In London that keynote sound was frequently provided by the Thames. Jenner eds. Heated exchanges followed and ended up in the courts p. The business of the Thames was in these ways being reworked quite self-consciously into art. Those additions indicate to us the sheer weight of traffic on the Thames, from the 2, wherries and small boats noted by Munday to the 3, watermen whose livelihood depended on it.
There are occasional moments in which water becomes literally present onstage in the form of characters entering dripping wet because they have been subject to a dousing, often in the Thames; examples of such scenes include the drenched arrival of the vain gallant John Littleworth in 5.
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In a comedy, The Court Beggar, Richard Brome makes witty play on this fact in a trenchant satire on the fervour for projections and get-rich schemes at the contemporary Caroline court. The aim of this chapter is to unpack further examples, and, by means of their complexity and diversity, to reconsider the ways in which inhabitants of London, but also the nation at large, responded to and thought about the rivers, waterways, and oceans that surrounded them. The introduction to this book suggested that scholarly considerations of early modern drama frequently commence in London because their starting point is the commercial playhouse.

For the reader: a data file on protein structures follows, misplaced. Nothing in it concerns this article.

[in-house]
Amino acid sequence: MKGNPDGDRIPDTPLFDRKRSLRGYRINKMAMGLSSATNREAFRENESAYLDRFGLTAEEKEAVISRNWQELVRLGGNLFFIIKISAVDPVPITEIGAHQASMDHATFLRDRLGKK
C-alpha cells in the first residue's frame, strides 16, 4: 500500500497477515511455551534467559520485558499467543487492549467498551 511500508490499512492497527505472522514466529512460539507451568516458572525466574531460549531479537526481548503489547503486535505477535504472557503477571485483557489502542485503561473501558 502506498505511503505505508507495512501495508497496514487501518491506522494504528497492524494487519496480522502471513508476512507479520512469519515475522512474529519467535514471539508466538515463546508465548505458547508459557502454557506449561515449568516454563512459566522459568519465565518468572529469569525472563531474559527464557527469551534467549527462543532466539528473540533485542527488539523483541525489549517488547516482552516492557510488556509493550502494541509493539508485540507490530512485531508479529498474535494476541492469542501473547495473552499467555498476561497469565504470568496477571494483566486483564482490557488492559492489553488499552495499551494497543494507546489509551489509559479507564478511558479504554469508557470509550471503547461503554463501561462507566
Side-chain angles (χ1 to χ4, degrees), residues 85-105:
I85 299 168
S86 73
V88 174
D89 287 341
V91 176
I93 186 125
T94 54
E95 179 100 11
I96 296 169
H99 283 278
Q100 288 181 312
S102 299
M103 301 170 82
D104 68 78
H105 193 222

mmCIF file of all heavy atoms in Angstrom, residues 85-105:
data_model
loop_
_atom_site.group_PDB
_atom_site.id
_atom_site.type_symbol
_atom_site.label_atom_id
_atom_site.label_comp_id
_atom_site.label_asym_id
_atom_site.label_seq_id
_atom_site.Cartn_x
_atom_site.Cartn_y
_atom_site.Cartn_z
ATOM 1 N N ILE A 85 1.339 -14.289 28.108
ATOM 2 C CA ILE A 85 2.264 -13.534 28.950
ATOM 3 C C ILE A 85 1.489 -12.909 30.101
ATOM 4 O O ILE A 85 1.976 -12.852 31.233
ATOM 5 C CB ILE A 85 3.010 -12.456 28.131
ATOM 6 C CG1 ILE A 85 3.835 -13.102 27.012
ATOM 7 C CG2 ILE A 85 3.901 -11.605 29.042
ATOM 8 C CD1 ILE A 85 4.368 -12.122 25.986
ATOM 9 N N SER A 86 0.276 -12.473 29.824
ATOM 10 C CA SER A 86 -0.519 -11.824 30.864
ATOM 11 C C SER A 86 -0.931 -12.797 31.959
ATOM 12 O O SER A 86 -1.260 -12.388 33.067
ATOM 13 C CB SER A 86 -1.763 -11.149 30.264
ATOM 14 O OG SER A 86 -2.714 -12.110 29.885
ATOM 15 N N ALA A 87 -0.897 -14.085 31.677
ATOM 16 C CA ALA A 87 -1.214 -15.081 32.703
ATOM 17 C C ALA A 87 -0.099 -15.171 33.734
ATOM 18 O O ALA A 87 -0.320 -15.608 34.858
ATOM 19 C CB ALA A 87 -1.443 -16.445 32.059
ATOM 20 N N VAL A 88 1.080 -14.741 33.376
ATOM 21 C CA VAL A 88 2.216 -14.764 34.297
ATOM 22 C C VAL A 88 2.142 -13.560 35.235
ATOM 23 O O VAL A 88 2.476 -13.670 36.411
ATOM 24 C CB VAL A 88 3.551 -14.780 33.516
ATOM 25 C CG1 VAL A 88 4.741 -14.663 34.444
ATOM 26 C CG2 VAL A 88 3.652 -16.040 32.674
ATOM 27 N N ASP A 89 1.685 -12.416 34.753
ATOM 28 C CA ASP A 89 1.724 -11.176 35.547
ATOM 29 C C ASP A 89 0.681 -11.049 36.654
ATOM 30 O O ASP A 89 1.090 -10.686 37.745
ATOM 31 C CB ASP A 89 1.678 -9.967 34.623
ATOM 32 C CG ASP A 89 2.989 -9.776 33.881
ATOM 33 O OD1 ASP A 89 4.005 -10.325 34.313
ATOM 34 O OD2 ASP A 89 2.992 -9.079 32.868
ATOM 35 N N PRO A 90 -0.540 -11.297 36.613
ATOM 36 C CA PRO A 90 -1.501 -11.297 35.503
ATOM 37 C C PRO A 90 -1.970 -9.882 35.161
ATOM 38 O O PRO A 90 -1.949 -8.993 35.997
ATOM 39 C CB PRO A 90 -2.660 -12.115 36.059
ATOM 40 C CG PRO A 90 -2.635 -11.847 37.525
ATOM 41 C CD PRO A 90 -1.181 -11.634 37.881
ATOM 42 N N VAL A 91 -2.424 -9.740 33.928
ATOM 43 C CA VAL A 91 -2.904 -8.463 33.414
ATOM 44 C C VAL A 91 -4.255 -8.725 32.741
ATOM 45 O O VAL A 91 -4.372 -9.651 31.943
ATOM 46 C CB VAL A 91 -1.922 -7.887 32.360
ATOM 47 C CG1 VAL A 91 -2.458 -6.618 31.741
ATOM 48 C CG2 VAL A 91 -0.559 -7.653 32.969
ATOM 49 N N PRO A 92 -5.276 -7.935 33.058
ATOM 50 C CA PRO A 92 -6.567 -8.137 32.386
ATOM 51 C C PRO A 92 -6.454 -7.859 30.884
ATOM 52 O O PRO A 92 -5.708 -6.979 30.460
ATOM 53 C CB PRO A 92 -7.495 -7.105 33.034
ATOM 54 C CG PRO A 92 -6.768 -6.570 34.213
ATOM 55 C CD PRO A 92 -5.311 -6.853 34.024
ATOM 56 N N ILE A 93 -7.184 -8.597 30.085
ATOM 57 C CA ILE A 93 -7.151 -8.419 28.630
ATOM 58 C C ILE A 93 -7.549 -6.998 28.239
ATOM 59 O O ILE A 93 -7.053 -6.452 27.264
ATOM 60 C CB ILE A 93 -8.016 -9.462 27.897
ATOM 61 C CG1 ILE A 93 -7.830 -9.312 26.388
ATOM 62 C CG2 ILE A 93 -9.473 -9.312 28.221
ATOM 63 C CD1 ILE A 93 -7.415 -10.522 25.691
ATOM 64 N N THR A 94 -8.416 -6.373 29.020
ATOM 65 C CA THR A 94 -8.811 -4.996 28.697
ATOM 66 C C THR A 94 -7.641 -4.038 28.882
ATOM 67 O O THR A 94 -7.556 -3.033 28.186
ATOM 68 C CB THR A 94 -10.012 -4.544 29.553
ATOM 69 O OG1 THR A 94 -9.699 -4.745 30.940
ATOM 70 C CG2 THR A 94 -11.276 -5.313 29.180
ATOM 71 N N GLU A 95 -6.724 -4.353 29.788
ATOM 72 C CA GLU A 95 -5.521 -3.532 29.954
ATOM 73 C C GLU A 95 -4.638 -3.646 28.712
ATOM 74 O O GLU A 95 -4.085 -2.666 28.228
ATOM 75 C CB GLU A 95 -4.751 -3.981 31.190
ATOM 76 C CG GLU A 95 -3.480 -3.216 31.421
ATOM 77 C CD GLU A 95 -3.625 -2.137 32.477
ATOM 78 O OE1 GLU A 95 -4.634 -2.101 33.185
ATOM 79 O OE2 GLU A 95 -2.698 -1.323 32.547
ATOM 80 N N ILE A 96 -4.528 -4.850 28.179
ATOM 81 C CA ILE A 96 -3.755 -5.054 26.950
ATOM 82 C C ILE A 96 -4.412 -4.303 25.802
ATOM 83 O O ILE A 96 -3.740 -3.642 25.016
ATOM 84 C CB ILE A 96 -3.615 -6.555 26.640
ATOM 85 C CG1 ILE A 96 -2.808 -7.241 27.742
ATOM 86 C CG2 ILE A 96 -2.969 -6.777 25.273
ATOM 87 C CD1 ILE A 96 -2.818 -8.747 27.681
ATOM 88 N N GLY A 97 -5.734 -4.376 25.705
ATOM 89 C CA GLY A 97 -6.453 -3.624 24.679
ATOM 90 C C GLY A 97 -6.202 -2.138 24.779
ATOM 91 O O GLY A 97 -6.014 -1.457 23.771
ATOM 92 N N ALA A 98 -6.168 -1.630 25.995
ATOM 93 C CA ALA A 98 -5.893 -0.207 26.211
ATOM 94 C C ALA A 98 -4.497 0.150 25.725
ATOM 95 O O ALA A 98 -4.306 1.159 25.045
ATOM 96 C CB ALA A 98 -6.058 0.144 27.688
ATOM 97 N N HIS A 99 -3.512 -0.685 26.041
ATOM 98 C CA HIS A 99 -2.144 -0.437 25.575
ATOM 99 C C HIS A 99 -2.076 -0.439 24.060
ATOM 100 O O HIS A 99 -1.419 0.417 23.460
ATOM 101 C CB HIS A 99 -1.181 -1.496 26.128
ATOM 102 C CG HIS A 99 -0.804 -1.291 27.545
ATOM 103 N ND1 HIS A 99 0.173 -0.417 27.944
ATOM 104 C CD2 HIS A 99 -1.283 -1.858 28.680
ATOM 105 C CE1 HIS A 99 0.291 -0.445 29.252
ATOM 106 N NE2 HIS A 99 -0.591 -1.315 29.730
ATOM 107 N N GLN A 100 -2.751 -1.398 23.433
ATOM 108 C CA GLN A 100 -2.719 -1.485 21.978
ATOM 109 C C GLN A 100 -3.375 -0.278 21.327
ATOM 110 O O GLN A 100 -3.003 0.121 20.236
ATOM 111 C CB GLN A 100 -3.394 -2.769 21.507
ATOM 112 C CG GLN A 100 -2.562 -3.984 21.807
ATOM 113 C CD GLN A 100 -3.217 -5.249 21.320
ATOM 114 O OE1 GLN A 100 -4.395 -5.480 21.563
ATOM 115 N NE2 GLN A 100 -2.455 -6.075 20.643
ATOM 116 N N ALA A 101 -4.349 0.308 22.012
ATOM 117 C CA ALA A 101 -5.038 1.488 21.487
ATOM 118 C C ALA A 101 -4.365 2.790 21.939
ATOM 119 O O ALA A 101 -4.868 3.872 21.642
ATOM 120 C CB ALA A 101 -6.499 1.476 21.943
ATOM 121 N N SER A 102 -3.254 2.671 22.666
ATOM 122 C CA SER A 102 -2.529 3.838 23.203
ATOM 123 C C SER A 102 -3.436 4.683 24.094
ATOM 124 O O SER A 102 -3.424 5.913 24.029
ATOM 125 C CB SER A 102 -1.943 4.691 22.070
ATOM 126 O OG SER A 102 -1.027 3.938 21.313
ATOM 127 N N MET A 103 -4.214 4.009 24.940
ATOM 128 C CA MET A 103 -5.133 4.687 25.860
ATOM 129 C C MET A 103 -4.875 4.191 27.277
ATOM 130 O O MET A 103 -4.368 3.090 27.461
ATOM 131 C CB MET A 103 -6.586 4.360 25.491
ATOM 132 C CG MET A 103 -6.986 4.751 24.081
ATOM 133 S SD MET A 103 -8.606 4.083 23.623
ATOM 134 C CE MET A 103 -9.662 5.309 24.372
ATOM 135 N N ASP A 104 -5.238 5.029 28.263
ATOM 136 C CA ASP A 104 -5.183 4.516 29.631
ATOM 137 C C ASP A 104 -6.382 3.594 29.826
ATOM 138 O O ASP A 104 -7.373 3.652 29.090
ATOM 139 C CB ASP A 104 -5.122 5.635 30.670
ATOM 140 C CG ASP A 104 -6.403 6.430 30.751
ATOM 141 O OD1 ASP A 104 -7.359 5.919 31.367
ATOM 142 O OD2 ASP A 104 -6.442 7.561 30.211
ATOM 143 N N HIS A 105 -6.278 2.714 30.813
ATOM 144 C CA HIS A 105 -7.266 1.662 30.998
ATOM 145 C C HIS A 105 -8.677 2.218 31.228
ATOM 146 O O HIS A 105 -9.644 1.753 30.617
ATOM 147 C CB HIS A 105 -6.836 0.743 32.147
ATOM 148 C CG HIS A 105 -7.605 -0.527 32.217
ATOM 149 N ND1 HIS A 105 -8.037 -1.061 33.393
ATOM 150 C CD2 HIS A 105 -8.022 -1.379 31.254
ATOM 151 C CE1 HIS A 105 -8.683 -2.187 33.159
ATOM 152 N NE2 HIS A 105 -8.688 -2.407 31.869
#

The metropolitan locale of that particular institution cannot be avoided, but this chapter, like the study as a whole, seeks to reorientate more conventional approaches whereby early modern events and even artefacts are frequently seen only through the prism of the early modern metropolis. Admittedly, the goods that decorated the country estates of the gentry and the nobility in this period were largely produced by, or passed through, the trading mechanism that was London. The river functioned both internally through the networks of canals and inland waterways that led into the regions, and externally leading out, as it did, towards the wider oceans and maritime spaces of trade and export.
The trajectory of this chapter will be to move from the idea of the river, exploring actual waterways such as the Thames, the Severn, and the Trent in the process, to the coastline and, from there, out to the open sea.